News and Tribune

November 7, 2013

State report compares value of college degrees

Ivy Tech grad’s salaries higher first year out, but four-year colleges win over time

By MAUREEN HAYDEN
CNHI Statehouse Bureau

INDIANAPOLIS — Indiana higher education officials have long been promoting the value of a college degree, but a new report shows some degrees are much more valuable than others.

According to the “Return on Investment” report issued Wednesday by the Indiana Commission on Higher Education, Indiana students who’ve earned an associate degree at a two-year college are averaging higher salaries in their first year of employment than graduates of the state’s four-year public universities.

That salary discrepancy changes over time, but much more so for some degrees than others.

Graduates with a four-year engineering degree from Purdue University, for example, have an average salary of just more than $65,000 within five years of leaving school — earning about $28,000 more than a Purdue grad with a history degree. And the report shows that while most of those engineering grads go on to work in their field of study, one of top fields of employment for those history majors is in the restaurant industry.

The detailed report includes information on tuition costs, student debt load, graduate salaries by degree and the top three fields of employment by degree for every public two-year and four-year institution in Indiana. The data in the report was pulled from several sources that track Indiana students who remain in the state after college.

“We want to be unequivocal in our message that a college degree is valuable, and more valuable than ever,” said Jason Bearce, Associate Commissioner for Strategic Communications and Initiatives. “But it’s become increasing clear that the return on investment that people get depends greatly on the choices they make and what they want to come out it.”

The ROI report is the latest in a series of ongoing efforts initiated by Higher Education Commissioner Teresa Lubbers to provide more information to Hoosier students and their families about the costs and benefits of a college education. The commission has set a goal of increasing the number of college graduates in the state. Only 33 percent of the state’s nearly 3.4 million working-age adults hold a college degree now; the state wants to push that rate to 60 percent by 2025.

But Lubbers has also promoted the message that students and their families need to be wise about how their spending their education dollars, given that the average Indiana student comes out of college with a student loan debt of more than $26,000.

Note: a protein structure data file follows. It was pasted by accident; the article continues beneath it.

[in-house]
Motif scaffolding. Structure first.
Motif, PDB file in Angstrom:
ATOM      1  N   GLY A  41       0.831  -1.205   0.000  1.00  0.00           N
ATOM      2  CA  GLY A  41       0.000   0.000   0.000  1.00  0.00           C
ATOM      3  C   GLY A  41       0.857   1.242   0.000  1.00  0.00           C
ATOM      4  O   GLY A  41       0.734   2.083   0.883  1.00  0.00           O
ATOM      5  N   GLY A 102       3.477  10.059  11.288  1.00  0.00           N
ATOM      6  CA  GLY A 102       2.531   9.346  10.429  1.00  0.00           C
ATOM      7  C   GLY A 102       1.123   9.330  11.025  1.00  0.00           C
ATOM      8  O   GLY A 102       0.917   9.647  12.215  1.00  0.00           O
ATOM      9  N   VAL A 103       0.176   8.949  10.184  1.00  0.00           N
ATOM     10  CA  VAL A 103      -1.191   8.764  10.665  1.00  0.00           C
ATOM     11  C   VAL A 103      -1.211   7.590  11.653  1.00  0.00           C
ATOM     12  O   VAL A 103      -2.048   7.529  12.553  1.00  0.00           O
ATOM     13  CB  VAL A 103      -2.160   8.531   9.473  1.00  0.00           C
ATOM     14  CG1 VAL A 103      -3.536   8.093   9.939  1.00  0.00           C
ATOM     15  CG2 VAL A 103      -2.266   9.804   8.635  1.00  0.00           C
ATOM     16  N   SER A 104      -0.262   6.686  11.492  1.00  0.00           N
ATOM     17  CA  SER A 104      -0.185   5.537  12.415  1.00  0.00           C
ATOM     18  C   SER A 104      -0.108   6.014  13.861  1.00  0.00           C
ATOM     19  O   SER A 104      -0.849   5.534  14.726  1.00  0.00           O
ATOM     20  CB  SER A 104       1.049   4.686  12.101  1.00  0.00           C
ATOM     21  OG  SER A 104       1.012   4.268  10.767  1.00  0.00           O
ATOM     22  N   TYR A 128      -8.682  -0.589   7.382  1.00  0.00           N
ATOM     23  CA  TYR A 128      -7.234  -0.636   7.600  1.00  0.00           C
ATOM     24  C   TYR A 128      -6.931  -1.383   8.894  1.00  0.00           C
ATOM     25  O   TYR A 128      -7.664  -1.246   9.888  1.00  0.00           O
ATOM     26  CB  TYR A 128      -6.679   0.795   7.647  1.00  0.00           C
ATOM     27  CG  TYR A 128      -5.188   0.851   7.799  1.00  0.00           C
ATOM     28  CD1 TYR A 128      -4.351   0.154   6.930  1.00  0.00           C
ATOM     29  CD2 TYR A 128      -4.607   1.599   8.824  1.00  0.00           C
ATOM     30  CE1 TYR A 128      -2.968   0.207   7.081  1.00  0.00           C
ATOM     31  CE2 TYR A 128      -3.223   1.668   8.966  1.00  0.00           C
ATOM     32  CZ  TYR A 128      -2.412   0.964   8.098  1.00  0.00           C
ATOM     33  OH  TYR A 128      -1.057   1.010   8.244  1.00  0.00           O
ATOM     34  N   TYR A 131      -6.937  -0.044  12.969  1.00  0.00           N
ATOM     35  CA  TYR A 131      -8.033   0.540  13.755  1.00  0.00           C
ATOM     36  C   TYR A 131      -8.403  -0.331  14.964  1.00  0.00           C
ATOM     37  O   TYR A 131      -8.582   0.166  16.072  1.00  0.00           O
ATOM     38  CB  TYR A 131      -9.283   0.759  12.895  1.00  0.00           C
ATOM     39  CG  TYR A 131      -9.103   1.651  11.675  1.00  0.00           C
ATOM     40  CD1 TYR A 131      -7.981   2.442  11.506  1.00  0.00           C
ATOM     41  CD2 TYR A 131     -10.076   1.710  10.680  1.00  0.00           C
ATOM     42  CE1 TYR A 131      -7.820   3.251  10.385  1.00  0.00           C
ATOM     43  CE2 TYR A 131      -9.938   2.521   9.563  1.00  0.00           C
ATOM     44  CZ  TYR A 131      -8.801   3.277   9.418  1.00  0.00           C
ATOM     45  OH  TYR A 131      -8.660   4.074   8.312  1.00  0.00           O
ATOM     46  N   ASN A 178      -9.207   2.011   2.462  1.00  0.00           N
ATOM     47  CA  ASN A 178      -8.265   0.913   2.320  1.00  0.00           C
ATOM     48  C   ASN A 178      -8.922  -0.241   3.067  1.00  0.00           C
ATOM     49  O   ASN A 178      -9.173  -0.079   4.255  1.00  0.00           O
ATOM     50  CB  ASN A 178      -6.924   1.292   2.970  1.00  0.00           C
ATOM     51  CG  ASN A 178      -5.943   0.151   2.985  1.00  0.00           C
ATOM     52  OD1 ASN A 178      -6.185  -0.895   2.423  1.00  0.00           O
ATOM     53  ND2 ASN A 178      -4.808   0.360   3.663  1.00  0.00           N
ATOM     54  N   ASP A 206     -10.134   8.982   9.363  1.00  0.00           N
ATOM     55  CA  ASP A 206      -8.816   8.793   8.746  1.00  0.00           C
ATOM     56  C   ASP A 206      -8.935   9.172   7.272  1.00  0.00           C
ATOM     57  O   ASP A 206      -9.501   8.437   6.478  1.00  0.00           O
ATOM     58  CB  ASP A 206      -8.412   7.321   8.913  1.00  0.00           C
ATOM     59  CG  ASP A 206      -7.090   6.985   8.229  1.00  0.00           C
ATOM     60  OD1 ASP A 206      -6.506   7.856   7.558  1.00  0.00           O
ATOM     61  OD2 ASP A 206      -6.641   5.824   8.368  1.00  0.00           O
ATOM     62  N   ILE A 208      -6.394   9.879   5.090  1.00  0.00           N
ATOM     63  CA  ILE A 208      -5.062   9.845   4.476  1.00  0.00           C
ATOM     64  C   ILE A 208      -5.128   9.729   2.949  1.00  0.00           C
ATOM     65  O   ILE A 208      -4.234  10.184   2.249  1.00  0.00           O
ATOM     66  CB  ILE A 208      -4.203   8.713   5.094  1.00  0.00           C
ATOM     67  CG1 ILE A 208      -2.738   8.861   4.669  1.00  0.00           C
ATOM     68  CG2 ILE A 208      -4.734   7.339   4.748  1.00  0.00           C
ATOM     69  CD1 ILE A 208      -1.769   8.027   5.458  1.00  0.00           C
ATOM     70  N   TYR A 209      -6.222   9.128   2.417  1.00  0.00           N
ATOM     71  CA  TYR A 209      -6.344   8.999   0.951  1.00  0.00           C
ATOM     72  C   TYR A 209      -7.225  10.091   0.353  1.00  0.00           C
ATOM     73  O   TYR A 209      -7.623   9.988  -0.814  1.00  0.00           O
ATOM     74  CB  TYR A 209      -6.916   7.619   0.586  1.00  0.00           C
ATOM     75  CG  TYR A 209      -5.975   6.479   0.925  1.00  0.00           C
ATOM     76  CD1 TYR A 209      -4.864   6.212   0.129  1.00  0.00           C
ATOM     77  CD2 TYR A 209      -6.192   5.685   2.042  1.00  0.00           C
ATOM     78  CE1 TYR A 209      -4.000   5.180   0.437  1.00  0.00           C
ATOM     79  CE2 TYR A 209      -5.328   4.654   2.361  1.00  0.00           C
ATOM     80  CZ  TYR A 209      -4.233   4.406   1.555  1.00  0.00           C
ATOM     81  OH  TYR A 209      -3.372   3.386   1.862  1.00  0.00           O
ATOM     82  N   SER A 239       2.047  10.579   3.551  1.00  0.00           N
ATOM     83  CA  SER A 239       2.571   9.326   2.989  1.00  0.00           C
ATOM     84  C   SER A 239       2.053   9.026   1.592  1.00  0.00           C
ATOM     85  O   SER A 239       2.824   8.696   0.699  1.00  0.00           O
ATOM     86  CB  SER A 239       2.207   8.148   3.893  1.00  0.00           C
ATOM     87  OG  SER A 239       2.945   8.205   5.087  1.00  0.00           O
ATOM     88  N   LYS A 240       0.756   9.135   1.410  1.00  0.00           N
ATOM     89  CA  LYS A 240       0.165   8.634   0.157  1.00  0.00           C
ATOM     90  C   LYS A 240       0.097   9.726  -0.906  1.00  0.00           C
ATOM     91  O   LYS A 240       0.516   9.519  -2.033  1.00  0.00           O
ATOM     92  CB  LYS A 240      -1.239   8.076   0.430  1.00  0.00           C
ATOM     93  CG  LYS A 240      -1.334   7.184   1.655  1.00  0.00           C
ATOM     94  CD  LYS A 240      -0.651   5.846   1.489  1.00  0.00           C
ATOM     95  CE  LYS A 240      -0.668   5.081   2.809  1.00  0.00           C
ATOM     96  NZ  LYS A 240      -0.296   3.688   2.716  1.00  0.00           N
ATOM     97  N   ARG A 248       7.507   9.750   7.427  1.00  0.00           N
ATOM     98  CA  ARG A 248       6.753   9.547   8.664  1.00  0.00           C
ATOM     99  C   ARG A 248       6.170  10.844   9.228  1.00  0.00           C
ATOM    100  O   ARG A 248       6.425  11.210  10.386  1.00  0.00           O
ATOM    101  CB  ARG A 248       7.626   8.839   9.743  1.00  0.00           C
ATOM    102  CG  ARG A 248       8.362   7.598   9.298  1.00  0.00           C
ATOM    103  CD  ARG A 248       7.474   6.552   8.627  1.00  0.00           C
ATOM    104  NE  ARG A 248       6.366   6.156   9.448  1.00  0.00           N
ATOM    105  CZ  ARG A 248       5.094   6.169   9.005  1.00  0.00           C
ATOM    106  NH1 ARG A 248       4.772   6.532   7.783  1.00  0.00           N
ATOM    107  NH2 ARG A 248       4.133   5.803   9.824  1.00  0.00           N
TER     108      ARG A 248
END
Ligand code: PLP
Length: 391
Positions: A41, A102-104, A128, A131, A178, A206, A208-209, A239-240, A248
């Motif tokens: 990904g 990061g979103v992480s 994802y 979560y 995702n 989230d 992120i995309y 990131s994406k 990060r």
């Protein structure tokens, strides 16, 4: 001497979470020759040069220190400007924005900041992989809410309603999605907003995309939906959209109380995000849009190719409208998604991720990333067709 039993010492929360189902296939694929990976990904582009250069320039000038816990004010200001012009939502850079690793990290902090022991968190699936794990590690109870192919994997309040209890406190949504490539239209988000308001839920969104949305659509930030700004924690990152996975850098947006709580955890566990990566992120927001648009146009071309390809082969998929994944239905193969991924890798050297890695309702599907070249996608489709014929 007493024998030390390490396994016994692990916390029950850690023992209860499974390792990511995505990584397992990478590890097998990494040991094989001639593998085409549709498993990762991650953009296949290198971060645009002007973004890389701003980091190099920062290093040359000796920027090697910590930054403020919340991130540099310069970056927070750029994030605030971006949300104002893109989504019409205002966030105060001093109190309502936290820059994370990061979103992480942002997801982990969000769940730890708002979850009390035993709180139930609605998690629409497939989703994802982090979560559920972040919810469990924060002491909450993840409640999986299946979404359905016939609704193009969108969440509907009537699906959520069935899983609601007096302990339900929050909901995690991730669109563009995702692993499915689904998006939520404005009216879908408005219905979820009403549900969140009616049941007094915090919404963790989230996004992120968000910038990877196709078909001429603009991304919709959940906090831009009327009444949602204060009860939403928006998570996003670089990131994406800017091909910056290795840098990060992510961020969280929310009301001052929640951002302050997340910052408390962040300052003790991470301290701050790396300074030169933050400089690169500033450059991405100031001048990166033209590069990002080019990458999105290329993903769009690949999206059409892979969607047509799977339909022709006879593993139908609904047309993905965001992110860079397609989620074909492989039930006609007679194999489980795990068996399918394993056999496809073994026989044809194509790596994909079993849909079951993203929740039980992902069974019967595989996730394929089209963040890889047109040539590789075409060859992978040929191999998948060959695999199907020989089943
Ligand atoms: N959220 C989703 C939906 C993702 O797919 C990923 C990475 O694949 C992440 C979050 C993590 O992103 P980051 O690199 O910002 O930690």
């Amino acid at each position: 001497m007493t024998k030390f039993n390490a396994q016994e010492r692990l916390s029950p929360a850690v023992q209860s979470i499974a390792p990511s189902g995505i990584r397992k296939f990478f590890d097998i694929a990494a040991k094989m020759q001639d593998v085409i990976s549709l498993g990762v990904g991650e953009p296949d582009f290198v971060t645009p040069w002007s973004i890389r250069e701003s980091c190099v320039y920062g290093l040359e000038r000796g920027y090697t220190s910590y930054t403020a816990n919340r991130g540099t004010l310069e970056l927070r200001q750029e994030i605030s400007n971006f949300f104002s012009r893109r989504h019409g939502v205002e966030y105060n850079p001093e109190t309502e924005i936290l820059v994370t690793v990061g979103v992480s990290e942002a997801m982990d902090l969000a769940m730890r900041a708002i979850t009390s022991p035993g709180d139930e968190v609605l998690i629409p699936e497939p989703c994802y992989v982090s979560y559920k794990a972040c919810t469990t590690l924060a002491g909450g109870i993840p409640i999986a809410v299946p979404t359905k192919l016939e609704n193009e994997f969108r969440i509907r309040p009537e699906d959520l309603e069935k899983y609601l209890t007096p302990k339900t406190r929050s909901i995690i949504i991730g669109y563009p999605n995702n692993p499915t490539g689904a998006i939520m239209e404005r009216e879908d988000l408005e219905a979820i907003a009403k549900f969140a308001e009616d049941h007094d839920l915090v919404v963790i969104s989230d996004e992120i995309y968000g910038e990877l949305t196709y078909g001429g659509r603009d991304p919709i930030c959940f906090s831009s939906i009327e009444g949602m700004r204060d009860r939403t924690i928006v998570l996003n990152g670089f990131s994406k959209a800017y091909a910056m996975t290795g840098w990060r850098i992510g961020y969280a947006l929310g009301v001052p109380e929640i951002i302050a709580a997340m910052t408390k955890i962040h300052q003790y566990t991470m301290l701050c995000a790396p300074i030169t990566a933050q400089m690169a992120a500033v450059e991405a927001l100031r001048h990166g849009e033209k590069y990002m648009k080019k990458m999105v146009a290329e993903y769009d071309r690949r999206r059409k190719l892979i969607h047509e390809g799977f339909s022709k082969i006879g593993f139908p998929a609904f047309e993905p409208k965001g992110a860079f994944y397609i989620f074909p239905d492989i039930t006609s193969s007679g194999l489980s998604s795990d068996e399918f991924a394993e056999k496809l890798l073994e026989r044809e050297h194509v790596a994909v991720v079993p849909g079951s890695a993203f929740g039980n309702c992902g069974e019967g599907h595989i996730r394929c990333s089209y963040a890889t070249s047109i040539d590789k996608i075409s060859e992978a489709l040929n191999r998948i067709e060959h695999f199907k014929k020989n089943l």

“Though there is no mistaking the value of a college degree, the data clearly show that the outcome greatly depends on individual choice: where students go to school, what they study, how long it takes them to graduate and how much debt they incur,” Lubbers said. “We want to empower Hoosiers with the facts, equipping them to maximize their return on investment through purposeful planning and responsible borrowing.”

Part of what the data in the report shows is that students attending the regional campuses of Indiana University and Purdue University may be able to see a better return on their investment than students on IU and Purdue’s main campuses. According to the ROI report, graduates of Indiana University-Kokomo, for example, are averaging higher first-year salaries than most of their counterparts.

IU Kokomo Interim Chancellor Susan Sciame-Giesecke said that’s likely due to several factors, including lower tuition costs at the regional campus and the high number of students graduating with high-demand nursing degrees. The return of advanced manufacturing plants in Kokomo has also meant more of the school’s business graduates landing well-paying jobs.

“Things are kickin’ here in Kokomo,” Sciame-Giesecke said.

Indiana Gov. Mike Pence also weighed in on the ROI report: “I am pleased that our state has been able to connect education and work force data to help Hoosiers make smart choices as they seek to improve their economic well-being through education and training.”

— Maureen Hayden covers the Statehouse for the CNHI newspapers in Indiana. She can be reached at maureen.hayden@indianamediagroup.com